Chad Dion Lassiter
A Prisoner of Hope
Chad Dion Lassiter, MSW, is co-founder and President of the Black Men at the University of Pennsylvania School of Social Work, Inc., at their School of Social Policy and Practice, and is professor of race relations at West Chester University. He is also the Director of Recovery at the Red Cross House for the American Red Cross Eastern PA Region. Lassiter has been a member of the board of trustees for the Community College of Philadelphia and Philadelphia Prison System and has served on the Mayor’s Commission on African American Males.
Defining moments: First, growing up in Philadelphia and seeing so many injustices but also seeing people in my North Philadelphia community displaying such resilience and hope. At an early age I learned the concepts of what it meant to be a prisoner of hope and a wounded healer. Therefore, their narratives and their struggles provided a lens for me as I became committed to using my life to alleviate suffering from a service perspective. Having a strong mother and father and church family shaped me along with the Black Church and Black College.
Significant accomplishment or project: Establishing the Black Men at Penn School of Social Work, Inc. in 2003 with one of my mentors and my graduating classmates. Since that time, we have worked on anti- racism trainings all over the world, mentoring in schools, recruiting Black males unto the profession of social work and providing trauma counseling four weeks after the earthquake in Haiti. Additionally, serving humanity in Africa, Canada and Norway on race and poverty related issues are near and dear to my heart.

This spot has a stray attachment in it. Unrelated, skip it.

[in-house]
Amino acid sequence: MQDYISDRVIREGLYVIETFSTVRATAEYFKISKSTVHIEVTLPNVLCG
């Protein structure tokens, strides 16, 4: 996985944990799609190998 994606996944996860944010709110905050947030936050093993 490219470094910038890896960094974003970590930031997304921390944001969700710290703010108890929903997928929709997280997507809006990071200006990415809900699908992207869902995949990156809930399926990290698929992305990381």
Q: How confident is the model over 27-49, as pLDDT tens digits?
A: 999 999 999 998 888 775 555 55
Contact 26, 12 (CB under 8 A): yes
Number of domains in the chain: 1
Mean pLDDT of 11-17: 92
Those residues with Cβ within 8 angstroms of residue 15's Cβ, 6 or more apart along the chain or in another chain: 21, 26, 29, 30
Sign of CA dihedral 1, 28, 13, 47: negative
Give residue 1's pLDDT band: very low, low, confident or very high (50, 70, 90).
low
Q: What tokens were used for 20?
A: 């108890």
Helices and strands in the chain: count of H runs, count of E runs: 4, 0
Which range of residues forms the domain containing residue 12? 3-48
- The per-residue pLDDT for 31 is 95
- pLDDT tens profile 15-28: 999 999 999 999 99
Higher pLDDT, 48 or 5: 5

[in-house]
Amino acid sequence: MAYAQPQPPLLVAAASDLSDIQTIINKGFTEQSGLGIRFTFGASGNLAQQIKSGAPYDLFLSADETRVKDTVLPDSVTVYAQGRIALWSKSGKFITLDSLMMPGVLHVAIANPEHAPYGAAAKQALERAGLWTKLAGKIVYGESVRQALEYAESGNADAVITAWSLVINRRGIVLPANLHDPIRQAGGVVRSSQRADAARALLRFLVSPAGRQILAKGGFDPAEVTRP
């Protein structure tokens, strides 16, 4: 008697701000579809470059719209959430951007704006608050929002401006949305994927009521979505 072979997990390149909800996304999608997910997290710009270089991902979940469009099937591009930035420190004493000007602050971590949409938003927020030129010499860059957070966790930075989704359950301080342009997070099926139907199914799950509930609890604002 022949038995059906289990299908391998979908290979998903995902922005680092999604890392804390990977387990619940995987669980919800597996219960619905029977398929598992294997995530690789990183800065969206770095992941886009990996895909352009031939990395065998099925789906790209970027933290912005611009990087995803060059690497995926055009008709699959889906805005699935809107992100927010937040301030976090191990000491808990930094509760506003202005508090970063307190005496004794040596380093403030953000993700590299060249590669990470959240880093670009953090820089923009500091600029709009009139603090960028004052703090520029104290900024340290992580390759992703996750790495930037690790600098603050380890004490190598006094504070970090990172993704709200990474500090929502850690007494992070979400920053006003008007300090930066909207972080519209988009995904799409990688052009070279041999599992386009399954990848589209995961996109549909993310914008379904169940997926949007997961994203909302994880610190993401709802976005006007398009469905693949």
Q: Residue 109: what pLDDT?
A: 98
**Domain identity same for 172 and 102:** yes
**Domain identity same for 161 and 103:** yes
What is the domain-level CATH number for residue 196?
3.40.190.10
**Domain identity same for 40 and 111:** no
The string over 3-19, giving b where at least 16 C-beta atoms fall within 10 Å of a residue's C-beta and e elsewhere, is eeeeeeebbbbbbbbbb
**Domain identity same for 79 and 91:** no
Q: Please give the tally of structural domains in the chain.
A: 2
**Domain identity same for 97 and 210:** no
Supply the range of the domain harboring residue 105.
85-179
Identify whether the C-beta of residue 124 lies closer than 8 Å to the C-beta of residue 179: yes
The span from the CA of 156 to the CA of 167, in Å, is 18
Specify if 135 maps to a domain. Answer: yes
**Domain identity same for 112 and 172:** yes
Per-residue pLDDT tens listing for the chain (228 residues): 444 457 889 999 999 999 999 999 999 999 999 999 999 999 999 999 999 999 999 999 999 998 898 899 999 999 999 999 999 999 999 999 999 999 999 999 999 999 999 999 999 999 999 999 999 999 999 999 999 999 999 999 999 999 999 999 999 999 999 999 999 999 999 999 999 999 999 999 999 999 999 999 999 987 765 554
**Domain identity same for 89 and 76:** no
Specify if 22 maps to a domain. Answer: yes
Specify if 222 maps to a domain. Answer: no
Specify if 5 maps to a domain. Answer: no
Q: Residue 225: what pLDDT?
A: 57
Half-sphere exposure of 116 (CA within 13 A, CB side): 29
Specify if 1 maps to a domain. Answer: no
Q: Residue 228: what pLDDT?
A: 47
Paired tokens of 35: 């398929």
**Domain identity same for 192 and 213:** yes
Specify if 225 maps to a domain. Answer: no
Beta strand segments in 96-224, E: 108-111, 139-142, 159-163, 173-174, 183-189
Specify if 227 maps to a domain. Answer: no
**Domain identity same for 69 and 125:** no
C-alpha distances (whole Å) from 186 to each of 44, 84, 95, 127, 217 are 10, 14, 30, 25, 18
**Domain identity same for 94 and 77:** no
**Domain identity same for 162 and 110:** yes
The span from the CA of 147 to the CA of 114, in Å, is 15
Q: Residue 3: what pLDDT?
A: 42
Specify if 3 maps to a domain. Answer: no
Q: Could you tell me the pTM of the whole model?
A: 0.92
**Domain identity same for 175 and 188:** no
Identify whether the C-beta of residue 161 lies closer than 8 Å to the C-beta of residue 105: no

Advice for young people: My earnest advice to them is to remain disciplined and dedicated to social change and social justice. Moreover, I encourage them to seek out mentors who want to train them and instill in them those skills and expertise that they will need to combat American White Racism. Lastly, I share with them the great profession of social work that sometimes chooses them.
How to build relationships within the African Diaspora: The work I’ve done in Haiti, Africa and the Dominican Republic informs me that they are willing, and we must do more from our perspective to move beyond the traditional taboos and stereotypes and see ourselves as our brothers and sister’s keepers. There is an African proverb that articulates I am because we are. More partnership between all is a key as well.